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A quick guide to load testing Grafana Loki with Grafana k6

8 Jun 2022 8 min read

As a software engineer here at Grafana Labs, I’ve learned there are two questions that commonly come up when someone begins setting up a new Loki installation: “How many logs can I ingest into my cluster?” followed by, “How fast can I query these logs?”

There are two ways to find out the answers.

You could configure your existing application infrastructure to push logs and see what happens — or you can find out the smart way and load test the system with Grafana k6.

Grafana k6 is a modern load-testing tool. Its clean and approachable scripting API works locally or in the cloud. Thankfully, there is also a k6 extension that allows you to push logs to and query logs from Loki. It acts as a Loki client, simulating real-world load to test the scalability, reliability, and performance of your Loki installation.

In this post, I’m going to explain how to do that and show you the basic concepts for write and query path testing, as well as some more insights on how to use configuration options to tune your tests. In my explanation, I will assume you have a basic understanding of how to use k6. (If you’re new to it, head over the documentation — it’s great!) Also, I’m not going to explain how to build and install the k6 Loki extension, but it’s not as hard as you might think. You can find instructions here.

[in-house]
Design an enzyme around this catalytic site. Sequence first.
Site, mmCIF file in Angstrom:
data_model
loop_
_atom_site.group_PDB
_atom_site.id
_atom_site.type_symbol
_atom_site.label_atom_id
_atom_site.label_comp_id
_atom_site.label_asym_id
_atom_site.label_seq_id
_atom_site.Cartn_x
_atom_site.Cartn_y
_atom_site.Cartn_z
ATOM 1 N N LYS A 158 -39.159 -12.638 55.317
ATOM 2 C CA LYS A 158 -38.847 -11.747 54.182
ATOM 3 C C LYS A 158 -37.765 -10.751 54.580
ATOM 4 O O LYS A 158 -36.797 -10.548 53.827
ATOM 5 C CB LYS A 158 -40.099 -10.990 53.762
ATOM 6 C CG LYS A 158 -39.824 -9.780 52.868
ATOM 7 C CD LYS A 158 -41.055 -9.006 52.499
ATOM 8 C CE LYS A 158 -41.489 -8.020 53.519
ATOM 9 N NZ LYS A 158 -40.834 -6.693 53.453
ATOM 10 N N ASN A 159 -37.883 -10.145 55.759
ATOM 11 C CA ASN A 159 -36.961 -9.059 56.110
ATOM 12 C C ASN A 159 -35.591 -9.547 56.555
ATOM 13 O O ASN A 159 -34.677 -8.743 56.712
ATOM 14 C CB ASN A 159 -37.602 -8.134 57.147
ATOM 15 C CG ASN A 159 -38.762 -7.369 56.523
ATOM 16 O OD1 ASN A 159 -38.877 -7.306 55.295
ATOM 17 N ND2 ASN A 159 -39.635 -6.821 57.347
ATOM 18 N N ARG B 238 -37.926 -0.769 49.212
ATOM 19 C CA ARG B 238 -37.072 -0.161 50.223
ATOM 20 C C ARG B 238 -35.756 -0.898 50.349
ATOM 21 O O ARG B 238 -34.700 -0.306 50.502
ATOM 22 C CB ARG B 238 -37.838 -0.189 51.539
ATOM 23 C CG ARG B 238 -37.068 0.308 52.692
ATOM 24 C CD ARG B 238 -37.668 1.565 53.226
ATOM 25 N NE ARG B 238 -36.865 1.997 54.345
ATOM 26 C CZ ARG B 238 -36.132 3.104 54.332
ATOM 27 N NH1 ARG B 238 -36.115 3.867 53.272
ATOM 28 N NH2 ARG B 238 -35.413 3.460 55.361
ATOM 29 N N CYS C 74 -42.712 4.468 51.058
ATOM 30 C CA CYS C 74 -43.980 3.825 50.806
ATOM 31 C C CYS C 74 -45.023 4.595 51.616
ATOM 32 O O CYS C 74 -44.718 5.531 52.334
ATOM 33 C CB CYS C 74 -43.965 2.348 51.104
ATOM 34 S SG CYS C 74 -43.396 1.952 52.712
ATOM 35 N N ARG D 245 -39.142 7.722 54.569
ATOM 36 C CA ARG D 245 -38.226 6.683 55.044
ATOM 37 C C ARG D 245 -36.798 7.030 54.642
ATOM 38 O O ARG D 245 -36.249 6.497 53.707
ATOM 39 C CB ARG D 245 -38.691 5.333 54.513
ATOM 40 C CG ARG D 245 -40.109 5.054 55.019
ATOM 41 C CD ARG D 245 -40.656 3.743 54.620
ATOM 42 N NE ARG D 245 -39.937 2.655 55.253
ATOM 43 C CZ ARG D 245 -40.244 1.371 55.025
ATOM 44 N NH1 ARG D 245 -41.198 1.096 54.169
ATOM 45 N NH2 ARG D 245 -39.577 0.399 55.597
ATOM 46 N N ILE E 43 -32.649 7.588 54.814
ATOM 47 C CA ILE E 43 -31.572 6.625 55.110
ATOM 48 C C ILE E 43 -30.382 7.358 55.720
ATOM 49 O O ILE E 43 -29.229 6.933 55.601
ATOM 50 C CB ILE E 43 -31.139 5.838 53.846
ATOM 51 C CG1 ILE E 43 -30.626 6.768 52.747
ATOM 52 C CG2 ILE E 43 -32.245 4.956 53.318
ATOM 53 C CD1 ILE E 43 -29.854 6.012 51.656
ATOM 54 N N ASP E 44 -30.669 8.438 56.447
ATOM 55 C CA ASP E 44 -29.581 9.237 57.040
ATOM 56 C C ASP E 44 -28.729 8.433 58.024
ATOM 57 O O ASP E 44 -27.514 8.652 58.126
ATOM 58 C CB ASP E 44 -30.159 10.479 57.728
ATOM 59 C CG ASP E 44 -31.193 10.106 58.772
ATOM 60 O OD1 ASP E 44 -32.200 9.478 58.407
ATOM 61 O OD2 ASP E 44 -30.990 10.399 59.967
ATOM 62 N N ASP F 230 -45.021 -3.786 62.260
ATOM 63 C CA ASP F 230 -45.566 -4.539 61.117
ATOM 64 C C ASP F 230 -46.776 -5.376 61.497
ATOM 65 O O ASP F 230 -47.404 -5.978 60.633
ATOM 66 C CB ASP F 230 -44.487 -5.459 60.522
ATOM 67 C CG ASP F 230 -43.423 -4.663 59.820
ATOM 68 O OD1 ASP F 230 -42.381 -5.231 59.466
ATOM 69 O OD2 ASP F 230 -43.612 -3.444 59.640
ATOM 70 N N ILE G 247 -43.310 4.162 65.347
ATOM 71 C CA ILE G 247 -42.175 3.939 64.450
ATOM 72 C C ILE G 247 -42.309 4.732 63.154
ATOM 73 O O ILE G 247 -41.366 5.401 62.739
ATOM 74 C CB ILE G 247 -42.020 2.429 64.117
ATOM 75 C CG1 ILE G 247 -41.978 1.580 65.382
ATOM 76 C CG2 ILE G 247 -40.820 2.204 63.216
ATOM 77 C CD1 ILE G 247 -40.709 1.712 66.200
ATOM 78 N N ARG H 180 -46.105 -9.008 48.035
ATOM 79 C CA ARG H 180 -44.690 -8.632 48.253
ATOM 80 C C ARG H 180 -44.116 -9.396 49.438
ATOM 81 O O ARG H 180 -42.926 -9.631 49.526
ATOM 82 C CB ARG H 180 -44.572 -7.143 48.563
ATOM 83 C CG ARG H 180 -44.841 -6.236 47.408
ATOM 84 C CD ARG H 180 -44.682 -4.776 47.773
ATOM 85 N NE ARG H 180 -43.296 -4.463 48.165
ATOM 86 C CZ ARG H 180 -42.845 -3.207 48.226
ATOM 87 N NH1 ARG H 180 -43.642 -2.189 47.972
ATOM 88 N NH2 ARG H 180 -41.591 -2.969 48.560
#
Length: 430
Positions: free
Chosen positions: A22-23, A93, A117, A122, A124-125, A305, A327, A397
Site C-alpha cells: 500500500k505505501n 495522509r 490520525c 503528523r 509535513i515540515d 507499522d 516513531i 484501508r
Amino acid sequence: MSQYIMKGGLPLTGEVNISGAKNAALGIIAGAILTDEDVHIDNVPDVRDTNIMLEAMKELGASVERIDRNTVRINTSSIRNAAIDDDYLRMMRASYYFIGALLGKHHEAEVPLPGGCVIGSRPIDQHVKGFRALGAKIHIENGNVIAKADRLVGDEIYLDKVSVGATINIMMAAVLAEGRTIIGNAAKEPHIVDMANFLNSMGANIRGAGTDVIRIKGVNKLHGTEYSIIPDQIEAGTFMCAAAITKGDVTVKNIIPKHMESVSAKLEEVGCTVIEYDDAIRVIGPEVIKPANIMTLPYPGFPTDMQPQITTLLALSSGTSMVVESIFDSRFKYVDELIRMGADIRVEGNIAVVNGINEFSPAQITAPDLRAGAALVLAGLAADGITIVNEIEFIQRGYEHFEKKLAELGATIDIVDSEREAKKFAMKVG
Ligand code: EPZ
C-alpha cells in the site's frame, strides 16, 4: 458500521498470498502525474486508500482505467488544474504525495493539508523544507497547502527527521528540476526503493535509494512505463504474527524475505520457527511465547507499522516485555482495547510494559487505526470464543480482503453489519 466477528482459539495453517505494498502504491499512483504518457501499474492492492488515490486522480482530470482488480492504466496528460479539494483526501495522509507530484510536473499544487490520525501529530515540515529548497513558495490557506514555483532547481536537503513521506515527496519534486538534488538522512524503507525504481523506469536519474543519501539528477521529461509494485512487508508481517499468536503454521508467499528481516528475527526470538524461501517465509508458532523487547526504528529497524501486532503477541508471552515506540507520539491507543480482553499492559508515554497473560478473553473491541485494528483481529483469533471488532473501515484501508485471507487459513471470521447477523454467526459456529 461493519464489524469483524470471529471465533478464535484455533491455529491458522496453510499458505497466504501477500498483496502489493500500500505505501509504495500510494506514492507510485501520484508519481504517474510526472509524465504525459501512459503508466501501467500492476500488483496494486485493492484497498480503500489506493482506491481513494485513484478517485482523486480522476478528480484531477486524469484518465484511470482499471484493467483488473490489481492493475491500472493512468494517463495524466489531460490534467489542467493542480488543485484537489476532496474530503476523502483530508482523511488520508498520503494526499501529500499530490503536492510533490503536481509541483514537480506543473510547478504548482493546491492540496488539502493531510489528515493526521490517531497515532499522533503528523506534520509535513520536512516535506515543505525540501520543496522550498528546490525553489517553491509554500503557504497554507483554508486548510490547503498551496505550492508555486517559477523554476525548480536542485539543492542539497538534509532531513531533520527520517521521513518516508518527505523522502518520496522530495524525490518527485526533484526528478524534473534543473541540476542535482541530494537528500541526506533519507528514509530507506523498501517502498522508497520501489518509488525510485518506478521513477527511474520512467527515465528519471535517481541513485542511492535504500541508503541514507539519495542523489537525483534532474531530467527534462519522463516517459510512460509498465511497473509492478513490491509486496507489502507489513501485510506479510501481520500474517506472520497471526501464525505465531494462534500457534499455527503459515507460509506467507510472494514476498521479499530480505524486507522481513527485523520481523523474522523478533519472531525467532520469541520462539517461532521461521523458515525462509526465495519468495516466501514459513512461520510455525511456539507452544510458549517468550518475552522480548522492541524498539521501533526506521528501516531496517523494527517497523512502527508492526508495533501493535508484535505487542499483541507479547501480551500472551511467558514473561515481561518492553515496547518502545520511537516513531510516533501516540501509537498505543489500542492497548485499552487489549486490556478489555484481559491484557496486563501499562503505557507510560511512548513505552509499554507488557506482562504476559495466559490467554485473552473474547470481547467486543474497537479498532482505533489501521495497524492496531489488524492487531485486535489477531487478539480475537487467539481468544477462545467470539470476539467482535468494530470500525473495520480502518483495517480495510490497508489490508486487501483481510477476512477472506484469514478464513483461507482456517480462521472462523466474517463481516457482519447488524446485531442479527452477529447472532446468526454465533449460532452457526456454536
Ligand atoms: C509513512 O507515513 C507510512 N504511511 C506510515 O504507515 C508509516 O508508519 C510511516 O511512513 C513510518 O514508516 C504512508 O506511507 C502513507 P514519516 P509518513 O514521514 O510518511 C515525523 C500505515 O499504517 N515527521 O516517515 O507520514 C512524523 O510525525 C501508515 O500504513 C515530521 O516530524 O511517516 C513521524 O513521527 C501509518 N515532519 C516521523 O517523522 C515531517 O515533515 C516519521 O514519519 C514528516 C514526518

Once the extension is built, you can use the resulting binary to execute a load test file that is written in Javascript. In the JS file, you can use the API provided by the xk6-loki extension. The instructions themselves are not executed by the JS runtime, but are just function calls of binary code. That way, it combines the performance of compiled Go code for generating log lines and performing network requests, and the flexibility of scripting in Javascript.

A very basic test.js load test file looks like this:

import loki from 'k6/x/loki';

const timeout = 5000; // ms
const conf = loki.Config("http://localhost:3100", timeout);
const client = loki.Client(conf);

export default () => {
   client.push();
};

And can be executed like so:

./k6 run test.js

Pushing logs

First, let’s look at how to randomize push requests to simulate write path load. As shown in the example above, the Client object has a method push(). This generates a single push request with a payload containing five streams with random label values and a total uncompressed size of log files between 800Kb and 1Mb.